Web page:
Revealing the Incredible Health Benefits of Cabbage

If you’ve been overlooking cabbage at the grocery store, it’s time to give it a second thought. Despite its mild flavor and funky smell when cooked, cabbage is a cruciferous vegetable that is related to popular produce like kale and cauliflower. In fact, it’s chock-full of essential nutrients that can benefit your health in numerous ways.

In this article, you’ll learn about the impressive health benefits of cabbage and ways to incorporate more of it into your diet. From boosting your immune system to aiding in digestion, cabbage has a lot to offer. So, keep reading to discover how this underrated vegetable can improve your overall health and well-being.

Cabbage Nutrition Facts

If you’re looking for a low-calorie and nutritious addition to your diet, cabbage is a great option. A one-cup serving of shredded raw cabbage contains only 17.5 calories, less than a gram of protein, 4 grams of carbohydrates, and 1.8 grams of fiber. Additionally, cabbage is a good source of vitamins and minerals, including vitamin C, vitamin K, folate, zinc, potassium, and calcium. Its antioxidants can help protect your body from damage caused by free radicals.

Health Benefits of Cabbage

Cabbage is a cruciferous vegetable that is packed with nutrients and has numerous health benefits. Here are some of the reasons why you should add more cabbage to your diet:

It pumps the brakes on oxidative stress.

Oxidative stress is harmful to the body and can lead to chronic conditions such as diabetes, cancer, and heart disease. Cabbage is rich in antioxidants such as polyphenols and glucosinolates that work to neutralize free radicals, ultimately defending the body against oxidative stress.

It reduces inflammation.

Cabbage contains sulforaphane, a compound that reduces inflammation by acting on pro-inflammatory pathways in the body. Research has also shown that sulforaphane may regulate anti-inflammatory genes and lower pre-inflammatory proteins. As the antioxidants in cabbage fight oxidative stress, they also quell inflammation, which is involved in pain, swelling, and myriad chronic diseases like arthritis, cancer, and cognitive disorders.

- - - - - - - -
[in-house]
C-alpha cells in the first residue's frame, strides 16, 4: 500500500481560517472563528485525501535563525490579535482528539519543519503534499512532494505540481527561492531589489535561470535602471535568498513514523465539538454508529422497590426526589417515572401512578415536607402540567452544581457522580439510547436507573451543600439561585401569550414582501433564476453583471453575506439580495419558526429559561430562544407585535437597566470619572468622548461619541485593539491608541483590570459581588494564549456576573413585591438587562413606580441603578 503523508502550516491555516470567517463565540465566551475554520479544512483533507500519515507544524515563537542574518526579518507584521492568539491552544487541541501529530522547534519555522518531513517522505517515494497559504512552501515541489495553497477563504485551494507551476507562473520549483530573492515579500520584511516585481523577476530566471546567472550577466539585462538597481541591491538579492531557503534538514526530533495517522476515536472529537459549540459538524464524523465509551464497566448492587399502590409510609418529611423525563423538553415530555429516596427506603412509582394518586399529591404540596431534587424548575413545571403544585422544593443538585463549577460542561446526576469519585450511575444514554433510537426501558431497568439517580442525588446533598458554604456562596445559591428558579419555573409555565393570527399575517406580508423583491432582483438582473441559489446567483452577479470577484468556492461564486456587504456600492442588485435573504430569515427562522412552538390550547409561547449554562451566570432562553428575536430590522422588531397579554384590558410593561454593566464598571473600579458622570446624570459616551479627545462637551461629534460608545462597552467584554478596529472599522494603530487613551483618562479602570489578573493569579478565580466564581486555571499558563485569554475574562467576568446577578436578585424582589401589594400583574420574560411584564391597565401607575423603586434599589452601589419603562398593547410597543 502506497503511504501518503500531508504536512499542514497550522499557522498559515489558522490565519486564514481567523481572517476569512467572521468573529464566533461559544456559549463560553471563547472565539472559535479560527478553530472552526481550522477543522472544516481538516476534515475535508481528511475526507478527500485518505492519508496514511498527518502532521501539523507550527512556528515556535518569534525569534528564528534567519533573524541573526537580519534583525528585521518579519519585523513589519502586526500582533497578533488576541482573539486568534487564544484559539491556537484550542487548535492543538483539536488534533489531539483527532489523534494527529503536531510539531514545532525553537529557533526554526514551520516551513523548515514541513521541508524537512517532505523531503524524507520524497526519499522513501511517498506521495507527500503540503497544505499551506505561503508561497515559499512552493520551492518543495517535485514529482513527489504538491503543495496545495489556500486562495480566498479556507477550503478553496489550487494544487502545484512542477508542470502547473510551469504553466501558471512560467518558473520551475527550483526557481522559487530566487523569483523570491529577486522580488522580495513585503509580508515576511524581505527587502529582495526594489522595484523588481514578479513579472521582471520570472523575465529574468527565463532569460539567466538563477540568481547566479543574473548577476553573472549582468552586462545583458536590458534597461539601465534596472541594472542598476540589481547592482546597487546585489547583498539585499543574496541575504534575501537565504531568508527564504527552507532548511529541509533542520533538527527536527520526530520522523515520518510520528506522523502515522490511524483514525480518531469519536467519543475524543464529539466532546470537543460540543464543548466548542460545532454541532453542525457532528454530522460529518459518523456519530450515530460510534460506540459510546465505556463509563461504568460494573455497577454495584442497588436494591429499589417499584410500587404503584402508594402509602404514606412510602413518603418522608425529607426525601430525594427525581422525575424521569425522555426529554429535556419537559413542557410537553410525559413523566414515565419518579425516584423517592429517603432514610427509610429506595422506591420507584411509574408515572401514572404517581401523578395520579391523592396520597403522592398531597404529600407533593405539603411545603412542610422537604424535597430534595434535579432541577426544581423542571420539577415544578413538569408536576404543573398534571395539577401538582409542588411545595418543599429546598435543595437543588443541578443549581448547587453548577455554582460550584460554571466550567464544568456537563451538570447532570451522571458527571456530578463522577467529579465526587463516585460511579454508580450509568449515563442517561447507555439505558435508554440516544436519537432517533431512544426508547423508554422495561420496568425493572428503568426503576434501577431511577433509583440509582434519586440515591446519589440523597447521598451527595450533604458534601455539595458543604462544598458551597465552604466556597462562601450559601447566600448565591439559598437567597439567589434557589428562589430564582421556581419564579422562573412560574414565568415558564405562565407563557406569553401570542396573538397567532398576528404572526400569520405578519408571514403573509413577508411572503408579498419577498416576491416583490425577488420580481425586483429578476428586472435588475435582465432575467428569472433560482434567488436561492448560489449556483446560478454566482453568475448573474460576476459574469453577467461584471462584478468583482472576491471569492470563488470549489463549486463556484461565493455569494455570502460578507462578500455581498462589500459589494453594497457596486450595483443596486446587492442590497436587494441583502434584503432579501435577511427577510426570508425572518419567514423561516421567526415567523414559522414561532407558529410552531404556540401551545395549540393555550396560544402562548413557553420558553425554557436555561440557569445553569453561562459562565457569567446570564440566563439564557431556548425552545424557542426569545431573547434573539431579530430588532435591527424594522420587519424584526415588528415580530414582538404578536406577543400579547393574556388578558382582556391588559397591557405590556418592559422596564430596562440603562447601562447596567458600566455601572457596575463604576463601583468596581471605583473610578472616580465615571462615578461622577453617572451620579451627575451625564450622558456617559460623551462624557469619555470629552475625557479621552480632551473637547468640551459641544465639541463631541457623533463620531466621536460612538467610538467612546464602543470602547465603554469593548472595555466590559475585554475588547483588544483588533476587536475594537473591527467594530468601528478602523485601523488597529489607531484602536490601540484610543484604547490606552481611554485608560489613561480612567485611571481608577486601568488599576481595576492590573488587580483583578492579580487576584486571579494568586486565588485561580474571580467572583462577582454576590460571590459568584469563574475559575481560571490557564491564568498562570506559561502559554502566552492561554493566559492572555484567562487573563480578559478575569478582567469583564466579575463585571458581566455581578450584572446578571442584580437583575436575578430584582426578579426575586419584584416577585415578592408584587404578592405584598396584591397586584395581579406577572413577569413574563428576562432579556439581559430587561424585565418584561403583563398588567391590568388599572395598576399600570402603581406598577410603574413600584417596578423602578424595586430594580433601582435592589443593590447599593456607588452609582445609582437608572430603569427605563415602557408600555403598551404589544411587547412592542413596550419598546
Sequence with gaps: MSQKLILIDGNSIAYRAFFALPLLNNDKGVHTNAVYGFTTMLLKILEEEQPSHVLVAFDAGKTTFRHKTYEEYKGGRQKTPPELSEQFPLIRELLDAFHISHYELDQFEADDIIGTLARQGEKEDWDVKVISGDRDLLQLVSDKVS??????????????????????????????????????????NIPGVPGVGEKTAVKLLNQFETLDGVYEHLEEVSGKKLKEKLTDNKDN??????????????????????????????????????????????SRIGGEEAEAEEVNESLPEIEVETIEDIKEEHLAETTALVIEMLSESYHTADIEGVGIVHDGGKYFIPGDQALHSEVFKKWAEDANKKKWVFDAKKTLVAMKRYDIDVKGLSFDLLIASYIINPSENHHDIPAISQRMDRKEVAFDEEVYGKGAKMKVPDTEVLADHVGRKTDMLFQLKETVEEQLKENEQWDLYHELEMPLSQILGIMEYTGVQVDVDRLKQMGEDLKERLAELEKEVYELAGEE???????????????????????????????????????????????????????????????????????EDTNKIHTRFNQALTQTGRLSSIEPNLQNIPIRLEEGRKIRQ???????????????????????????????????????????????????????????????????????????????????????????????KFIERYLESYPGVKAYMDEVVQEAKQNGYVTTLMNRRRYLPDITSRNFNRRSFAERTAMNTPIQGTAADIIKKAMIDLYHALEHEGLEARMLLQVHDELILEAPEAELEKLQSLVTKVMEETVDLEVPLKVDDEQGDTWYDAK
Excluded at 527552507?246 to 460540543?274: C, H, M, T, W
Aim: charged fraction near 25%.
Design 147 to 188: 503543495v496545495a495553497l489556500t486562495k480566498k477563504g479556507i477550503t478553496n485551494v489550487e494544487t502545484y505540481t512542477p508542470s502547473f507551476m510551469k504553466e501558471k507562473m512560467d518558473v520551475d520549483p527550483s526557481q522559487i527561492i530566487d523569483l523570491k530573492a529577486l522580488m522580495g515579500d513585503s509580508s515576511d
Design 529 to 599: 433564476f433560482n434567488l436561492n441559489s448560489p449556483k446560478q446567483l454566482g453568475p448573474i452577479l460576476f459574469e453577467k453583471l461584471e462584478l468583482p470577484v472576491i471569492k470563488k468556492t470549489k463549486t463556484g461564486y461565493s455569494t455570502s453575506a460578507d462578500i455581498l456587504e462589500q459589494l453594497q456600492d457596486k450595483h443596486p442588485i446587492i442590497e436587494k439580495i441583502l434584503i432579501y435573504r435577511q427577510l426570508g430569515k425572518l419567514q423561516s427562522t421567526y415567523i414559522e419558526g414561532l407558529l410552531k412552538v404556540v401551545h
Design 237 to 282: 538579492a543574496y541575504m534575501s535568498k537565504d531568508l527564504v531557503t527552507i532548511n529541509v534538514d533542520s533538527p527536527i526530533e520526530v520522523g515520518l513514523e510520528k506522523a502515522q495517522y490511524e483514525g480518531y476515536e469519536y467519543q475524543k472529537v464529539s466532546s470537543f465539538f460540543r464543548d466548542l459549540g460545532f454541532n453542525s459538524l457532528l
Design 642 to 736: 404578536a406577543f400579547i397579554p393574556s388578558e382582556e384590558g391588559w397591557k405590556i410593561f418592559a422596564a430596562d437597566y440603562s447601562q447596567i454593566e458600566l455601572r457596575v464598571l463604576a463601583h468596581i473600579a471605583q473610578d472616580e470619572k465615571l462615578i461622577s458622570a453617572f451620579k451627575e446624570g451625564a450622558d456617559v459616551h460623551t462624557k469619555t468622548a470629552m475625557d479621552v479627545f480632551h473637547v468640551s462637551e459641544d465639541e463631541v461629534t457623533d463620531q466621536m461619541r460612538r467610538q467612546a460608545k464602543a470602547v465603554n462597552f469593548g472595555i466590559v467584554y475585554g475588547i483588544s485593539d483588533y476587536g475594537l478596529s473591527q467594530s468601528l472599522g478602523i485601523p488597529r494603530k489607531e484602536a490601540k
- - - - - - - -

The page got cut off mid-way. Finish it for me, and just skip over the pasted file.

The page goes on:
It contains immune-boosting nutrients.

Cabbage is packed with vitamin C, an essential nutrient that supports the body’s defense mechanisms by boosting the production of white blood cells, which are crucial for fighting off infections. It also acts as an antioxidant, fighting off free radicals that can weaken the immune system. Cabbage also contains other vital nutrients for the immune system, including vitamin A and zinc.

It keeps your eyes healthy.

Cabbage is an excellent source of lutein and zeaxanthin, which are antioxidants that protect the eyes from ultraviolet (UV) light. This is key because UV light can cause oxidative stress in the retina, increasing the risk of age-related macular degeneration and vision issues.

It contains fiber for a healthy gut.

Cabbage is a stellar source of fiber, including both soluble and insoluble fiber, which are both needed for optimal gut health. Soluble fiber acts as a prebiotic, meaning it “feeds” good bacteria in the gut. Meanwhile, insoluble fiber adds bulk to stool, helping promote regular bowel movements and reducing constipation. Together, both fibers pave the way for more comfortable number twos and a healthier gut microbiome.

It’s good for the heart.

Cabbage contains soluble fiber, a nutrient that helps your body excrete cholesterol, potentially preventing high blood cholesterol, a major risk factor for heart disease. Cabbage also contains potassium, an essential mineral that regulates blood pressure. Potassium works by counteracting the effects of sodium and relaxing the blood vessels, which can stave off high blood pressure. Cabbage antioxidants work against inflammation and oxidative stress, both of which can fuel the development of heart disease.

It strengthens the bones.

Cabbage provides vitamin K, a nutrient that helps the body absorb calcium, which is the main mineral needed to build strong bones. It’s also needed to form “bone proteins, which keep bones strong and reduce the risk of fractures.

It has key nutrients for pregnant people.

Cabbage is high in folate, also known as vitamin B9, which is needed to make red and white blood cells, as well as DNA. It also aids the development of the central nervous system in a growing fetus, which can prevent neural tube defects—i.e., serious birth defects that affect the brain, spine, or spinal cord.

Side Effects & Risks of Eating Cabbage

Cabbage is generally considered safe to eat for most people. However, there are some potential side effects and risks to keep in mind. If you are taking blood-thinning medications, you should be cautious about consuming cabbage as the vitamin K in cabbage may interfere with the drug. If you are new to cabbage and have a history of food allergies, especially cruciferous vegetables, it is recommended to consult with your doctor before adding it to your diet.

Some people may experience difficulty digesting cabbage, particularly when it is raw, due to its indigestible carbohydrates that ferment in the gut, leading to bloating or gas. If you are prone to these symptoms or do not typically eat a lot of vegetables, it is recommended to start with a small amount of cabbage and gradually increase your intake. Cooking cabbage may also make it easier to digest.

It is important to be aware of these potential side effects and risks when incorporating cabbage into your diet. If you experience any adverse reactions, it is recommended to consult with your doctor.